Carlyle-Backed Cyient Scouts for Second Takeover in Year

Cyient Ltd., an Indian software services provider to the aerospace and automotive industries, plans to buy at least one more company this fiscal year, Chief Executive Officer Krishna Bodanapu said.

The acquisition would be its second in the year that will end March 31 and may have a value of “upwards of $10 million,” Bodanapu said in an interview in Hyderabad, where the company is based. The target “may be” in Europe, he said.

Cyient, backed by Carlyle Group LP, will use the 7.2 billion rupees ($117 million) of cash on its books to fund the deal, 38-year-old Bodanapu said. The company is considering targets in the energy-equipment and rail industries, he said. It generates minimal revenue from those sectors now.

“Acquisitions would be one way of getting the necessary skill-sets,” Bodanapu said. “There’s a lot of positive momentum at this point. We are seeing good growth, so we are poised for better times.”

Cyient shares rose as much as 5.5 percent today before closing up 4.6 percent in Mumbai.

Cyient, which has reported a slowdown in sales growth for two straight years, has acquired 11 companies since 1997, according to data compiled by Bloomberg. It bought Softential Inc. in March for $17 million, according to data compiled by Bloomberg. In August, it bought Invati Insights Pvt. Ltd. for $2 million, Bodanapu said.

‘Too Much Cash’

Cyient is not alone among technology services companies in hunting for deals. Infosys Ltd. is prepared to make “large acquisitions,” Chief Operating Officer U.B. Pravin Rao said, India’s Business Standard reported yesterday. Cognizant Technology Solutions Corp. agreed to buy TriZetto Corp. from Apax Partners for $2.7 billion in September to expand in health-care industry software.

Bodanapu said he expects sales to grow “slightly above 20 percent” this year, compared with 18 percent in the past fiscal year.

Shares of Cyient are up 41 percent this year, compared with the 16 percent gain in the S&P BSE Infotech Index.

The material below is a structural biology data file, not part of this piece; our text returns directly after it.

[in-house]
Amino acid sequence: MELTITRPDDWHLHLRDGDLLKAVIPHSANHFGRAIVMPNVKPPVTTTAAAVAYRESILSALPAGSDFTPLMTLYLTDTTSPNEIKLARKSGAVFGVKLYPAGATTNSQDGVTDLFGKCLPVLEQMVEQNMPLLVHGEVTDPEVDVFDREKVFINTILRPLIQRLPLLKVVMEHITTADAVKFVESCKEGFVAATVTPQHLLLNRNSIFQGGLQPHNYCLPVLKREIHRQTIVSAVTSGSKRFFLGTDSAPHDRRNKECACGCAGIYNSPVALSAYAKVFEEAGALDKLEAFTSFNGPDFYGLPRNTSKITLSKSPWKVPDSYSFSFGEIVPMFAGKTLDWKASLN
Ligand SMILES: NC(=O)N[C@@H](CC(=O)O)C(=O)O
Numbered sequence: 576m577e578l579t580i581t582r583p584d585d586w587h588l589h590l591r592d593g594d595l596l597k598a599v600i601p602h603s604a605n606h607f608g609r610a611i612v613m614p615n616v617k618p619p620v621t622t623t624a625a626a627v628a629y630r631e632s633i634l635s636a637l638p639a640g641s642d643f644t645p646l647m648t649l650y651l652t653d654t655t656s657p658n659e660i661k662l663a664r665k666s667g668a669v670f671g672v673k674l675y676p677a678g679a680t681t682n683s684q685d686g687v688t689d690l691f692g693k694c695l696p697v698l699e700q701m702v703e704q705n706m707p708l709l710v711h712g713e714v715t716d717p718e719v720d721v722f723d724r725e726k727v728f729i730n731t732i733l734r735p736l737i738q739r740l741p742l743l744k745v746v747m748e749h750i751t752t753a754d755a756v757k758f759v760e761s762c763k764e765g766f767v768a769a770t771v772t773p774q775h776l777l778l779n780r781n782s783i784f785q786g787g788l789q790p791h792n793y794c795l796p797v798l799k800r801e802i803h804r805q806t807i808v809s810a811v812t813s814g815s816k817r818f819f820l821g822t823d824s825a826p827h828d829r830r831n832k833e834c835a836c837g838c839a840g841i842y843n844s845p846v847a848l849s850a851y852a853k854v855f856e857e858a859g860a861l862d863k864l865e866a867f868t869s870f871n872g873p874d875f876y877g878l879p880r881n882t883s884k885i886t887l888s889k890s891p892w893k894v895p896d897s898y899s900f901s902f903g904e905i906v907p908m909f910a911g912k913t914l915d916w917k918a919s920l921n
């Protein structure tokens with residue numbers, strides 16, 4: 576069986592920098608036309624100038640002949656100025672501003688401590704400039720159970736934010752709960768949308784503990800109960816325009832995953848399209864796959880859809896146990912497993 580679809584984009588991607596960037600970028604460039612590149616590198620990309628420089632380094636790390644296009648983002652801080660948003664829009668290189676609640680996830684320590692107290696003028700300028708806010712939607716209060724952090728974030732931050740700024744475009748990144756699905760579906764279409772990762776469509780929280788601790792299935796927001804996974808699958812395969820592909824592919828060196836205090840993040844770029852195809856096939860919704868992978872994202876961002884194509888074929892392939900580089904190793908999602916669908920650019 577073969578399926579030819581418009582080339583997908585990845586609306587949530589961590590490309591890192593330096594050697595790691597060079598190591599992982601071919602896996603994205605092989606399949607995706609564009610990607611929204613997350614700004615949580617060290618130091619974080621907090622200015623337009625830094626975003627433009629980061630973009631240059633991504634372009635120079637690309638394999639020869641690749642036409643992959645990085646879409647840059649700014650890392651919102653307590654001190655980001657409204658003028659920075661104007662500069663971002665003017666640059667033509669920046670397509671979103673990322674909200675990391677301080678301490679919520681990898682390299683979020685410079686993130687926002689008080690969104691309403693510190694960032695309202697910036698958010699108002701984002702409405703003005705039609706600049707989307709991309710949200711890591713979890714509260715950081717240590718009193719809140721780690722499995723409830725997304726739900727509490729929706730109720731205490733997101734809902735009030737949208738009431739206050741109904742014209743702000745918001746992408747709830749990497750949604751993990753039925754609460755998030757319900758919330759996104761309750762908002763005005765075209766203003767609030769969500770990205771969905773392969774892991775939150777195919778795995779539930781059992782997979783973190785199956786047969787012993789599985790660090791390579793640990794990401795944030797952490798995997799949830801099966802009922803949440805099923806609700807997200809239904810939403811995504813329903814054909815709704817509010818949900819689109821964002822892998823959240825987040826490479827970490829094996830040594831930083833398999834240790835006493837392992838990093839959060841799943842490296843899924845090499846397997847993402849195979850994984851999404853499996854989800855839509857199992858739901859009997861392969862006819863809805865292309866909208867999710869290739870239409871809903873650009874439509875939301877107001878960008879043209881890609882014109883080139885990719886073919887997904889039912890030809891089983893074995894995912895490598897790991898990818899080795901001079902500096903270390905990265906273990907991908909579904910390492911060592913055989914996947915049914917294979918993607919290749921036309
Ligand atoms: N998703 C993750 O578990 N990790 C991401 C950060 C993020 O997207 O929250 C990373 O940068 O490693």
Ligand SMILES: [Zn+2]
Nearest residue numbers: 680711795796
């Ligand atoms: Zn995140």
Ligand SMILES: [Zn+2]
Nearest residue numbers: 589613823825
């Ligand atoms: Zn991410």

Cyient has “far too much cash” for a company of its size, said Madhu Babu, an analyst at HDFC Securities in Mumbai with a “buy” rating on the stock. “It is hurting their return on equity. They can easily spend about 1.5 billion rupees on buyouts. It can be multiple small acquisitions instead of one big-bang deal.”

‘Not Traditional’

ROE was 18.3 percent in the year ended March 31, according to data compiled by Bloomberg.

“Cyient is not in the traditional IT services,” said Babu. “The engineering design business is not easy to enter, but once you do, you can stick on for years.”

The company is divided into two main units, one catering to utilities, transportation companies and governments and a second that serves engineering and manufacturing clients. It’s unusual among Indian IT companies in not having financial-sector customers.

The company changed its name from Infotech Enterprises Ltd. in May.

Cyient counts Boeing Co. and Pratt & Whitney among customers. The company gets about 45 percent of its revenue from from North America and about 21 percent from Europe, according to data compiled by Bloomberg.

First Carlyle Ventures Mauritius owned 9.9 percent in the company as of Sept. 30, according to exchange filings.

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